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President of Long Beach Buddhist temple held in contempt

By Greg Mellen, Long Beach Telegram, Oct 22, 2008

COURTS: Siphann Tith refused to release financial documents to a receiver

LONG BEACH, CA (USA) -- The former executive director of a Cambodian Buddhist temple in central Long Beach was jailed Monday for contempt of court in a long-running dispute over who runs the religious organization.

Siphann Tith, who represented himself at the hearing in front of Superior Court Judge Joseph Di Loreto, went in expecting only to file an ex-parte motion, which typically asks for a court order before the other party has had an opportunity to be heard on it.

Instead, Tith wound up in jail Monday night. His bail, initially set at $50,000, was later revoked.

The case is to be continued Friday.

On Monday, to the surprise of some onlookers, Di Loreto demanded Tith turn over previously ordered financial documents to a court-appointed receiver. When Tith refused, Di Loreto found him in contempt.

Since August, Tith has faced a contempt complaint for his failure to produce financial information about the temple and its $4 million in assets.

The rift dates back to January when a dissident group, supported by temple monks, staged an election for a new board of directors for the nonprofit agency that runs the temple.

The group charged the board of directors with mistreating the monks, restricting their movement, opening personal mail and threats of expulsion.In a disputed election, a new board of directors was elected in January.

The existing board invalidated the results, claiming the election was not in keeping with bylaws and was fraudulent.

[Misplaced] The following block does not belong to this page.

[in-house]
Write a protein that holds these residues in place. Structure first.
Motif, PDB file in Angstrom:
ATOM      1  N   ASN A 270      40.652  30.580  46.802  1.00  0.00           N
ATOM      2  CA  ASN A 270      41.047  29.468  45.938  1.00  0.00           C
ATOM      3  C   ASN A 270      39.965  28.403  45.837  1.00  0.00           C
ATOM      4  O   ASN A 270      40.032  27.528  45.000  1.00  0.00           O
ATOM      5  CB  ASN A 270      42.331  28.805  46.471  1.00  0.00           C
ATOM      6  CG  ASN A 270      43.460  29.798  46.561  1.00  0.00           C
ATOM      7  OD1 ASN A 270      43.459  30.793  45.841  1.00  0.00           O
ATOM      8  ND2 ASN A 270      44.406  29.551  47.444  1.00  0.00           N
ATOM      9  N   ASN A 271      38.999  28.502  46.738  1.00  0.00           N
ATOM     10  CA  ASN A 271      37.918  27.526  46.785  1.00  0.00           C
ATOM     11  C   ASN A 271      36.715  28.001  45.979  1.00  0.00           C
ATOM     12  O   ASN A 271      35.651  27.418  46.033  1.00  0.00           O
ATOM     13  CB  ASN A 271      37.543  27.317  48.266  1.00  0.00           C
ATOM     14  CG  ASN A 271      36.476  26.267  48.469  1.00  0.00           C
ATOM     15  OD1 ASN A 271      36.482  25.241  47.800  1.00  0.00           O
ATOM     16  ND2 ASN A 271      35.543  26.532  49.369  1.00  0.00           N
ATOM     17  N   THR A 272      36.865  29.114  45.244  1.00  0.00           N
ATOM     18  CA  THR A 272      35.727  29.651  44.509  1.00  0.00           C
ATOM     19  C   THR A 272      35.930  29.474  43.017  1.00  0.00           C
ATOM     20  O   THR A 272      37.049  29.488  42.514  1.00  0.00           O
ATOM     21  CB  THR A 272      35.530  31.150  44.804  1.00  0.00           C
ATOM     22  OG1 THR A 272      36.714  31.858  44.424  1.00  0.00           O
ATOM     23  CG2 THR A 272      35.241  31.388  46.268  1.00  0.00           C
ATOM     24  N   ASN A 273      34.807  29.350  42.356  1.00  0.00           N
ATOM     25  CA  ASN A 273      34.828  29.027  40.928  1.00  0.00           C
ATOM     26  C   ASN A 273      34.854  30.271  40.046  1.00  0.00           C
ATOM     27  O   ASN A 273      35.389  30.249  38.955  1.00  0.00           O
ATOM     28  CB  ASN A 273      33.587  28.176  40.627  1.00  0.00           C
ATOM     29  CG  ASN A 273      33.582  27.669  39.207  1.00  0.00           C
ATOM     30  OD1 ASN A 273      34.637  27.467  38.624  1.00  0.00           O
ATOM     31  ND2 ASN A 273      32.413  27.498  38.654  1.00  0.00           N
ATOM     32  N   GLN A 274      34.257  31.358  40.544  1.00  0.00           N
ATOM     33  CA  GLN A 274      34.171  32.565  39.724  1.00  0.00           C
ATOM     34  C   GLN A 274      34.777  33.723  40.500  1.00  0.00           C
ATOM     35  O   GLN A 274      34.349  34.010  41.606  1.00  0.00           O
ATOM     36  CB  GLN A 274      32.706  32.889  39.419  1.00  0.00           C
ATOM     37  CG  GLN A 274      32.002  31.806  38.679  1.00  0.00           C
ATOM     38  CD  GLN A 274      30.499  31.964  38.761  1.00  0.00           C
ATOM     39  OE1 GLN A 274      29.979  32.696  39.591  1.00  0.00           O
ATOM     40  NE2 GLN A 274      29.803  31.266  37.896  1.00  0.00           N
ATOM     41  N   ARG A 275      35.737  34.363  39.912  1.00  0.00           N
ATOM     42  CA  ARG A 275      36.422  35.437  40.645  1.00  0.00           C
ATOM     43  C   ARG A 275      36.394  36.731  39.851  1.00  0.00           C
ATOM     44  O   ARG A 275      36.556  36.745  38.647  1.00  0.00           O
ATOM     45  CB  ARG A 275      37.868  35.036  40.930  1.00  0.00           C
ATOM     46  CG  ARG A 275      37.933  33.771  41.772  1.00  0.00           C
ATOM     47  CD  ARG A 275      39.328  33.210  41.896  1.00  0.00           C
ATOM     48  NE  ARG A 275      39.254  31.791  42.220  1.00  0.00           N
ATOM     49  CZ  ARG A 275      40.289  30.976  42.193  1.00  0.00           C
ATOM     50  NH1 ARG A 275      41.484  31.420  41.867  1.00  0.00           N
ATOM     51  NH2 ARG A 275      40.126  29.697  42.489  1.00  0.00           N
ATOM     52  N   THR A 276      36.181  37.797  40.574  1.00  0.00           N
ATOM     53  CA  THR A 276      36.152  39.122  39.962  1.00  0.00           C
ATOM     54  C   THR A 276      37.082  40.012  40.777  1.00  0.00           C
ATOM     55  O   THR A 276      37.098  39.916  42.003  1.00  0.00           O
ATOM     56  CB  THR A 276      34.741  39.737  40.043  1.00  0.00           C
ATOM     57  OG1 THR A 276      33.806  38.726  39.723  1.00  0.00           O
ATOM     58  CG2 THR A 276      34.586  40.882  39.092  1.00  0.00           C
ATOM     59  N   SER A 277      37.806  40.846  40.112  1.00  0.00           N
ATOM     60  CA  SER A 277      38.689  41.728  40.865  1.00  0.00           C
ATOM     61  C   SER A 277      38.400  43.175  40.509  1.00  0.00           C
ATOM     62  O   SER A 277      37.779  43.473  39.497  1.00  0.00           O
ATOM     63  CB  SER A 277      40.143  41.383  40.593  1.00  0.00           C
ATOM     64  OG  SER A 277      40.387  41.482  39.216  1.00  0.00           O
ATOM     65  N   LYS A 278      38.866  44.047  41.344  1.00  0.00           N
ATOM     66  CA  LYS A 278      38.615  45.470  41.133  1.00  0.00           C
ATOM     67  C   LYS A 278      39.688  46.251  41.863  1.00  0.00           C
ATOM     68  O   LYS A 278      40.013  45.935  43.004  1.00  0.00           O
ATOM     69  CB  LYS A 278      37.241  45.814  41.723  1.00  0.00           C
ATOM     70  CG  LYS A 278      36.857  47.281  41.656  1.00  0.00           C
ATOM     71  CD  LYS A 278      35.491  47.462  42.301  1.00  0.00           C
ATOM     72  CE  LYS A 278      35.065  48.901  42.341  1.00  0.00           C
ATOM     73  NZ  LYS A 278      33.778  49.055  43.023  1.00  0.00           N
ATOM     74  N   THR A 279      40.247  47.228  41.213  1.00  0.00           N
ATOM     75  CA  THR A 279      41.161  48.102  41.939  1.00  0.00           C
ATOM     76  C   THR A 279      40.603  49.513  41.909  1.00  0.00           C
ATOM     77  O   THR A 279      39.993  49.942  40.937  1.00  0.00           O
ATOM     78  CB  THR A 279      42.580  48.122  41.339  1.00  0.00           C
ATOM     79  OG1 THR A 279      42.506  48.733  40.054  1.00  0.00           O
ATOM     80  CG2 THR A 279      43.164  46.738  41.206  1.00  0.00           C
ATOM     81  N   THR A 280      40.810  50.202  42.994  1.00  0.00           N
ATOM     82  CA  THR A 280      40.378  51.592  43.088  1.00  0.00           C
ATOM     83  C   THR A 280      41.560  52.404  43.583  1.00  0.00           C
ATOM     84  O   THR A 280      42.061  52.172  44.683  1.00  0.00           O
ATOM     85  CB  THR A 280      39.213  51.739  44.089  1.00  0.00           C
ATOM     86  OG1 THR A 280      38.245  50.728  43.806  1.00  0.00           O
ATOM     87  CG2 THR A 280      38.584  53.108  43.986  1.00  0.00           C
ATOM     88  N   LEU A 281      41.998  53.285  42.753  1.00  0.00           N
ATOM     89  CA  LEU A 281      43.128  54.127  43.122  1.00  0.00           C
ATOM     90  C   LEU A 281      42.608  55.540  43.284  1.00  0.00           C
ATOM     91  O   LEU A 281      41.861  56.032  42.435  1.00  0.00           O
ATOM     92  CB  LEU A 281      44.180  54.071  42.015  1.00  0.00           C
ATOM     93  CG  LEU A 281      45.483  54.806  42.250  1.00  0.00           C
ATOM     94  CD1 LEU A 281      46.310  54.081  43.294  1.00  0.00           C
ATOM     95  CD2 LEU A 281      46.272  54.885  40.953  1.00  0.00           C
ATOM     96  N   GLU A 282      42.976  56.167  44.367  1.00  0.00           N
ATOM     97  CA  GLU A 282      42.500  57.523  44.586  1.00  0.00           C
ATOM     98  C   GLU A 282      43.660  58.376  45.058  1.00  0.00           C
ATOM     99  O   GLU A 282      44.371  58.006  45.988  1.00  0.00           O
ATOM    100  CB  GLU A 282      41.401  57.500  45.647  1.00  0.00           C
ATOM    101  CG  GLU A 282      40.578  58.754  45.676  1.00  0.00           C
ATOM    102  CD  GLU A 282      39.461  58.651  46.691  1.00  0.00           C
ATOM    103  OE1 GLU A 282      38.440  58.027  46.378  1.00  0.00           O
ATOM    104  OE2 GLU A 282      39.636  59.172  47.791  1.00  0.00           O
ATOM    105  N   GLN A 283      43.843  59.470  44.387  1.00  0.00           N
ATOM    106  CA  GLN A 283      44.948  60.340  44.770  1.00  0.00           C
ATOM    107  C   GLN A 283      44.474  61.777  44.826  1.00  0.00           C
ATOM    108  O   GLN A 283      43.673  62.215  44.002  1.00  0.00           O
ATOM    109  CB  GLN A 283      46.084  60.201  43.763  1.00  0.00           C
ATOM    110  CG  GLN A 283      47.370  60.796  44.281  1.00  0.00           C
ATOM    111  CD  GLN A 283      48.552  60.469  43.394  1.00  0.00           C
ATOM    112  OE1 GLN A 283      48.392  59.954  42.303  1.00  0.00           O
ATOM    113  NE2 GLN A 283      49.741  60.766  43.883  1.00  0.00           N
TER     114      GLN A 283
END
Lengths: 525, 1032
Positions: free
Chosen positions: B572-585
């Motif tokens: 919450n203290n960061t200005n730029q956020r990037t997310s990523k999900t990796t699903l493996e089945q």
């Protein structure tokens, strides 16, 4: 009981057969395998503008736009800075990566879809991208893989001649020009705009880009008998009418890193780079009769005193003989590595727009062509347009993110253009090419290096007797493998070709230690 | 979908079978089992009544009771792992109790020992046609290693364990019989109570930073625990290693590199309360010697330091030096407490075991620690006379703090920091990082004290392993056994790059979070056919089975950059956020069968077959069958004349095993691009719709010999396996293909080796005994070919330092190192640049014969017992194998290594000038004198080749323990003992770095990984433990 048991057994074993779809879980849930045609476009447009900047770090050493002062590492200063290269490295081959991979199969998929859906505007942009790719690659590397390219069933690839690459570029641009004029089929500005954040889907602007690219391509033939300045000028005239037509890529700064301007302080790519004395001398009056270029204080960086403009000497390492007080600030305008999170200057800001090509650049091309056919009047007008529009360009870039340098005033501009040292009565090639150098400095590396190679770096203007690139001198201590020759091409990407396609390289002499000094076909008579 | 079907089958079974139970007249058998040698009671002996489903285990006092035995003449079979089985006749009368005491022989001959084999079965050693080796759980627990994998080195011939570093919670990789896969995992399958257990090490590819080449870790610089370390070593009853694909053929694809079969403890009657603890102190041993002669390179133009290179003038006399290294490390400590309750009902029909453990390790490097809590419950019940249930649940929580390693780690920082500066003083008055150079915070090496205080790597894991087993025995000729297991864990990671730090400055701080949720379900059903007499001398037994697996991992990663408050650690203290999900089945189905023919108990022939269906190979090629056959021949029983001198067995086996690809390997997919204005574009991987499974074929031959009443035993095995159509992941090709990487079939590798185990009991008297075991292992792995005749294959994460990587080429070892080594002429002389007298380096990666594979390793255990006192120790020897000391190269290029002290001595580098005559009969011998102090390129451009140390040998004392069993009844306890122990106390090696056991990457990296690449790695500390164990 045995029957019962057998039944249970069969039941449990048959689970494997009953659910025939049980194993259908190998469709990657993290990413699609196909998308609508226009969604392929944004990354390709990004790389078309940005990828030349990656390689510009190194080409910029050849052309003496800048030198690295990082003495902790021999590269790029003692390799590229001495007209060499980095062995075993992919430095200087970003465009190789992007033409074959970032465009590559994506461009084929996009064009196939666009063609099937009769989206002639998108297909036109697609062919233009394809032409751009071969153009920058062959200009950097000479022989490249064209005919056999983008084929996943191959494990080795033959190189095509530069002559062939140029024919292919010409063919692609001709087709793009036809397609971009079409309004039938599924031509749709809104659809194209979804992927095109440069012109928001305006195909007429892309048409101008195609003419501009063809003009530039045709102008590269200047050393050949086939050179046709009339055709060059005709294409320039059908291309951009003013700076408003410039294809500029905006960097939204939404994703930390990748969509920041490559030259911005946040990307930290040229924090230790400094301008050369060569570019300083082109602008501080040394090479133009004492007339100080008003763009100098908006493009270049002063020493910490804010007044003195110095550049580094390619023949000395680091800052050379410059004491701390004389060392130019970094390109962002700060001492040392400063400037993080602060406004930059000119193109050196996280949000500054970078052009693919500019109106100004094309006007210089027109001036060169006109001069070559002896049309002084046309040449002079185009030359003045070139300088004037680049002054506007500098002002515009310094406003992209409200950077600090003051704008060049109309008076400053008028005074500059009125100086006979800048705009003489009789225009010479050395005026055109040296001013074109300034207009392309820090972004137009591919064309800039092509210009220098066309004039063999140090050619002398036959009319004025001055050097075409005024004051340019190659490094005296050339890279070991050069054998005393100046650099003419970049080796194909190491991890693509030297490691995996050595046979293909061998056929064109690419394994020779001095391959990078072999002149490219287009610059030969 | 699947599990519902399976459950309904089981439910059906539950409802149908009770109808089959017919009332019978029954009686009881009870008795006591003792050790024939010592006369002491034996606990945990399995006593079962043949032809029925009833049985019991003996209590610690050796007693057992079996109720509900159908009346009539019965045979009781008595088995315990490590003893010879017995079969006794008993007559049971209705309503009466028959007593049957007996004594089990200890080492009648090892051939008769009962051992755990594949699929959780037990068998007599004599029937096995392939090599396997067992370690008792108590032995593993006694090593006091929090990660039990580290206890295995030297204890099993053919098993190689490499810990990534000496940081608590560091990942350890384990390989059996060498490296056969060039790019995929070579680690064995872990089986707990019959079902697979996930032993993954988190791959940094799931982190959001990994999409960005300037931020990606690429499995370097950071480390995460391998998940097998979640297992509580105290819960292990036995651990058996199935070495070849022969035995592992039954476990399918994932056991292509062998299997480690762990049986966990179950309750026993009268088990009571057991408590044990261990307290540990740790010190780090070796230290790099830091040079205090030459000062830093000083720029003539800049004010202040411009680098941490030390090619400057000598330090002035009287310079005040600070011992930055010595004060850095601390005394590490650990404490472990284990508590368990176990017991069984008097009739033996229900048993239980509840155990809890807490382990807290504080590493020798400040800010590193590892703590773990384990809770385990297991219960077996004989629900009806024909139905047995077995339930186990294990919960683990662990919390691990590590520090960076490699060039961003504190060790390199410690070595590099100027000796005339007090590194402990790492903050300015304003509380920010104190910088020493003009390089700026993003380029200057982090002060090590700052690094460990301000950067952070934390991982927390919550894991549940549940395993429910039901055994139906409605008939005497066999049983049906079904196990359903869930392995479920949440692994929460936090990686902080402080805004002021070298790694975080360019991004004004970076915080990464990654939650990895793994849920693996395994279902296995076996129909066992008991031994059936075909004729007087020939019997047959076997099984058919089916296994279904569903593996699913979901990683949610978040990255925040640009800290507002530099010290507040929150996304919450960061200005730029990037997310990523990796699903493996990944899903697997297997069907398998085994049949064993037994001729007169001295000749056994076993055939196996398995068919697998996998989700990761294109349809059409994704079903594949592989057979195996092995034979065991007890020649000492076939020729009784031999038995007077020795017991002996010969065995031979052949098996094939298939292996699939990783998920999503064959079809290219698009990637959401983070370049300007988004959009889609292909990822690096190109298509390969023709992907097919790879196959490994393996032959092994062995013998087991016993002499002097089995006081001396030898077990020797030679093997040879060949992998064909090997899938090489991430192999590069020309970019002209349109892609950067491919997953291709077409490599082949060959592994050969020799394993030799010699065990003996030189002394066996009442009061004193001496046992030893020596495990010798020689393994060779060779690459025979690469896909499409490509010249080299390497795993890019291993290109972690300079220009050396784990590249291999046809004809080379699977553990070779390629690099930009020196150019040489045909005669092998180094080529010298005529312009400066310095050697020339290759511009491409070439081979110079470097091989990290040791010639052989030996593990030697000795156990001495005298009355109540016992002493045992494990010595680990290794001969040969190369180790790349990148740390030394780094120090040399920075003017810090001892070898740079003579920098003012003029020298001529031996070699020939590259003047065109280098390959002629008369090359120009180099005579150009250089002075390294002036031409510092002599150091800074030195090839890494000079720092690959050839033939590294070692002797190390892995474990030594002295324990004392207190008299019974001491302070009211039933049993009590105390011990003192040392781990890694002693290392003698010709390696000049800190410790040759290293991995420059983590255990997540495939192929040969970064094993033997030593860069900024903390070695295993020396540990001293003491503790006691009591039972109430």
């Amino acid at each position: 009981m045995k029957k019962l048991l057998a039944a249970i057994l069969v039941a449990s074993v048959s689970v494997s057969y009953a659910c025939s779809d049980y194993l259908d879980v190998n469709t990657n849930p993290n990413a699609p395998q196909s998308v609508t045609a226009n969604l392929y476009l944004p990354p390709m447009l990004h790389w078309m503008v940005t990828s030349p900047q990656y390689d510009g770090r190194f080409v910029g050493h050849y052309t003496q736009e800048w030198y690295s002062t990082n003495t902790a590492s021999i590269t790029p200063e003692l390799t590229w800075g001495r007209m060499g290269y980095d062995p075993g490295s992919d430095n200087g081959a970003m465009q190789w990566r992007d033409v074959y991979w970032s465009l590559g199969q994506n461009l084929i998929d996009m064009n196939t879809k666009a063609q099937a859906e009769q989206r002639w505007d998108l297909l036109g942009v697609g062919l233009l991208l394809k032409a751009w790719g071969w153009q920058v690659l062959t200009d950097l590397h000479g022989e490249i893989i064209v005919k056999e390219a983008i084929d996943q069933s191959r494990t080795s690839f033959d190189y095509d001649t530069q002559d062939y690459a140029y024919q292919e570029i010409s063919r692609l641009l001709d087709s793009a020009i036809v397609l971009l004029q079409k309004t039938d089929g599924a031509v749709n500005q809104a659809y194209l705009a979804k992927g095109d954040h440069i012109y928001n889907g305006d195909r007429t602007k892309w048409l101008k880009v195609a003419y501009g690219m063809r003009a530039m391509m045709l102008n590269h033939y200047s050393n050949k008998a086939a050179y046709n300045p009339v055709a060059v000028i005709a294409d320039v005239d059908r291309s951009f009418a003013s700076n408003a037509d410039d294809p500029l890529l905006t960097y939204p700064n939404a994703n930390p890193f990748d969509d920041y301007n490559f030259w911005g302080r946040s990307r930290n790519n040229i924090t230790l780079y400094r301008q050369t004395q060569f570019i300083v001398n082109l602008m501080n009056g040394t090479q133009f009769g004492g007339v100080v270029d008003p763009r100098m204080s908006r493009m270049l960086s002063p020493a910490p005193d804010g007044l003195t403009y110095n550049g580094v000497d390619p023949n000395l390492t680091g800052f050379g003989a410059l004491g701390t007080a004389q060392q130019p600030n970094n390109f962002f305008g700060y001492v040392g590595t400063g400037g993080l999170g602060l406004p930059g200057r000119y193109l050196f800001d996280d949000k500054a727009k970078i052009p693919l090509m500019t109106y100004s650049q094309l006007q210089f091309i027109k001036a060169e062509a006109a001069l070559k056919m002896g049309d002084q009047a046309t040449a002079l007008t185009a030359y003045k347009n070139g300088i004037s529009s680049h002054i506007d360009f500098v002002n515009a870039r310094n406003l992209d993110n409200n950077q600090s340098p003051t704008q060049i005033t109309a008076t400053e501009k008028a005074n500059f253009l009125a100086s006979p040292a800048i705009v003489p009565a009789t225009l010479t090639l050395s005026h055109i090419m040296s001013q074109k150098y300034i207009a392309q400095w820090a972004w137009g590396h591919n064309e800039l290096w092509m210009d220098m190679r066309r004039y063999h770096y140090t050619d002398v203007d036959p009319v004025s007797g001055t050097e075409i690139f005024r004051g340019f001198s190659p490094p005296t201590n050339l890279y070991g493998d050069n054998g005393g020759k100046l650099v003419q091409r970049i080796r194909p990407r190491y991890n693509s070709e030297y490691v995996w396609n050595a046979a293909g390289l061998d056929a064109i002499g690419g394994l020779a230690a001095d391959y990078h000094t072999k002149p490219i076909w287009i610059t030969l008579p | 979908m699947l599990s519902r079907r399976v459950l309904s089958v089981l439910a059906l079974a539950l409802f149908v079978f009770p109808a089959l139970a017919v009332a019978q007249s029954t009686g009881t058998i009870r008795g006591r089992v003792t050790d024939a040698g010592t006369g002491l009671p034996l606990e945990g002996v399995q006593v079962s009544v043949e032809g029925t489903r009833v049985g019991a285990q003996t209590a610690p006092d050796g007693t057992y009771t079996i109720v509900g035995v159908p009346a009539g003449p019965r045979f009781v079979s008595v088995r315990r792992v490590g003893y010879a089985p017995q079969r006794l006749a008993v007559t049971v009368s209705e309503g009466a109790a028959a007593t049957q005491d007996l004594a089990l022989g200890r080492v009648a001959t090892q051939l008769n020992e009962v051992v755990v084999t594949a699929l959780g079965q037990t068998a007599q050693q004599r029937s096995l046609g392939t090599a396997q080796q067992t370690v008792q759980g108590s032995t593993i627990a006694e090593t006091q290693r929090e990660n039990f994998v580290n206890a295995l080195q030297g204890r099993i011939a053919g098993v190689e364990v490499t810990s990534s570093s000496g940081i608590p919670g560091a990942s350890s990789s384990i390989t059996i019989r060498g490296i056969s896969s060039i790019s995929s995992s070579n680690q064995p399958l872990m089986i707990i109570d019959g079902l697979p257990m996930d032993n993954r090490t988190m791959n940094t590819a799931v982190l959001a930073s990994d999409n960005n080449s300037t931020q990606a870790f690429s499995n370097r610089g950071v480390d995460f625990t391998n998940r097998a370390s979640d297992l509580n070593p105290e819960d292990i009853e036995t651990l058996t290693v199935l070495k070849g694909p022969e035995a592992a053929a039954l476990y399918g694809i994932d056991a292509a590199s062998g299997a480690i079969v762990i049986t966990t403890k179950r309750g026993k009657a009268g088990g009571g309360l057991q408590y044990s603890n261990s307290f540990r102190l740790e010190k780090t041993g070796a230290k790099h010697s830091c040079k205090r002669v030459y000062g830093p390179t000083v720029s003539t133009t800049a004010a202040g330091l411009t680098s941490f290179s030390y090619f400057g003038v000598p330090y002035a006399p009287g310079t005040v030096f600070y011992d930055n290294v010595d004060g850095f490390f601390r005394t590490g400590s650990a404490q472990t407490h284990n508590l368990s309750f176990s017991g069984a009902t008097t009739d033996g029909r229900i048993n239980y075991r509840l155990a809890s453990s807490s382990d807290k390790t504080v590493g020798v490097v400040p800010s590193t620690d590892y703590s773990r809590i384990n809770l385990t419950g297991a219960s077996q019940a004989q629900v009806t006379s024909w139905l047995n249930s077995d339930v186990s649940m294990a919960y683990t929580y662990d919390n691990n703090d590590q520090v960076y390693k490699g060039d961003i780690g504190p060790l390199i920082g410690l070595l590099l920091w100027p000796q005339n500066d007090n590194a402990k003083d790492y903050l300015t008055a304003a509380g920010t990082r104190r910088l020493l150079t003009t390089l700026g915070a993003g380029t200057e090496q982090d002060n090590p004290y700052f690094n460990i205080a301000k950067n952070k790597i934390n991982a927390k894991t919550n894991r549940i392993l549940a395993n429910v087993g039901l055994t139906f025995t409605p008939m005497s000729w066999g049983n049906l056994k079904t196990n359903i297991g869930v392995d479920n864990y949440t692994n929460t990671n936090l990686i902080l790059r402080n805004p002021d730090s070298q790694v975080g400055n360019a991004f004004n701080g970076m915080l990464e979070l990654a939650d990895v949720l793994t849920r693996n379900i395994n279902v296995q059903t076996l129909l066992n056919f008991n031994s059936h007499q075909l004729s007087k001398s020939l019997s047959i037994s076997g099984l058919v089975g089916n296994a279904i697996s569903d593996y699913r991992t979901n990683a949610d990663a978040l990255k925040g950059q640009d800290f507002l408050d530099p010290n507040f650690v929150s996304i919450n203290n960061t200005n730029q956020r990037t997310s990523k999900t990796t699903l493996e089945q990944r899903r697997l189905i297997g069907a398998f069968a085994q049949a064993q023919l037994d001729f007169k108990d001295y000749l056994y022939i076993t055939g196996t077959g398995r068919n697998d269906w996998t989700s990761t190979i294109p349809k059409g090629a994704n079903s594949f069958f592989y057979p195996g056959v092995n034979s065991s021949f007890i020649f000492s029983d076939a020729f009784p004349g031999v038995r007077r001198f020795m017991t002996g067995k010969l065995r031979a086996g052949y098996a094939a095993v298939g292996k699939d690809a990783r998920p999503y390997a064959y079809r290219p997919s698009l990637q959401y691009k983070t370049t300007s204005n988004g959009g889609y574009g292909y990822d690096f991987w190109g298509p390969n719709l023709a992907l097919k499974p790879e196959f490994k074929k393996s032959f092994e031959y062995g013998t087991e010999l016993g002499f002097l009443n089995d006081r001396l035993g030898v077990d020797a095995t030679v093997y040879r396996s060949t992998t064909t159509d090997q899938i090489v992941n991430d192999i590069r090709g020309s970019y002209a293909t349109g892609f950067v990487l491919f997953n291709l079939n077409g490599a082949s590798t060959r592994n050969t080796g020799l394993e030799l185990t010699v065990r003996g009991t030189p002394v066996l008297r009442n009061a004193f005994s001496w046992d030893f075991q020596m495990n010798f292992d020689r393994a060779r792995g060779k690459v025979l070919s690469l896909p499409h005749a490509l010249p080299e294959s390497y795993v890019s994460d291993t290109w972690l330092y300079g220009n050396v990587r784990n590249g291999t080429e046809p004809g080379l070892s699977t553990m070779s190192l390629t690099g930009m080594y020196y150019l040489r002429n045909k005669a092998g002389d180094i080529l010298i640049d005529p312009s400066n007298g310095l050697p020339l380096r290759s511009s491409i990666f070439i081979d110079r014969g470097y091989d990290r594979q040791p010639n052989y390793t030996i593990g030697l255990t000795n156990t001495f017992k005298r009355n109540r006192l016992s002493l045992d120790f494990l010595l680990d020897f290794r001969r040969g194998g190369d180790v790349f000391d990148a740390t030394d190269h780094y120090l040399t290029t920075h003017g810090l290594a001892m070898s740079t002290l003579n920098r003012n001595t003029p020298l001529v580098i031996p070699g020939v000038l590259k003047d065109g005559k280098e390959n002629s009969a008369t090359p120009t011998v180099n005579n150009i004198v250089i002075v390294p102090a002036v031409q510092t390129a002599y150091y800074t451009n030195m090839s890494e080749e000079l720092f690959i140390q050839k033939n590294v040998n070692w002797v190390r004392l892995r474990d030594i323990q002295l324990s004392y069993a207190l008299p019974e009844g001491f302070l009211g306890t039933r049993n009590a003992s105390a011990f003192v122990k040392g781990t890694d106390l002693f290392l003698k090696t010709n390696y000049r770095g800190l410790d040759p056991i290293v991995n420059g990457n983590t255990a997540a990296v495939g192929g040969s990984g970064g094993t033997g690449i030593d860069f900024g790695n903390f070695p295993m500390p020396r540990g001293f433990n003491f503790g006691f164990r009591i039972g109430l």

While the sides worked on the process for a new election, Di Loreto ordered financial control of the temple be given to receiver David Pasternak.

The temple's existing board of directors dissolved the temple organization and divested all assets to the new organization called Wat Khmer Vipassanaram.

While applying for nonprofit status, the new organization became a charter of the Church of the Revelation, a Gnostic church run from a post office box in Orange.

The church's leader, John B. Ramirez, also known as Johnny Rhondo, has also been issued a contempt claim to produce financial documents. Ramirez, who was linked to a massive insurance fraud scheme in 2002, said he has no control over the new Buddhist charter or its finances.

Tith also claims not to have the documents nor the authority to produce them as they belong to a new entity. He also disputes the court's authority over the new organizations as it is not a party to the original suit.

After bail was set, according to local attorney Evan Braude, who has been assisting Tith, supporters of Tith went to post bail and learned it had been revoked.

Savorn Pouv, a former member of the board of directors at the Wat, was dismayed when he heard of Tith's incarceration.

"At this point, we don't know what to do," Pouv said. "We went to court to get justice and this is what happened."



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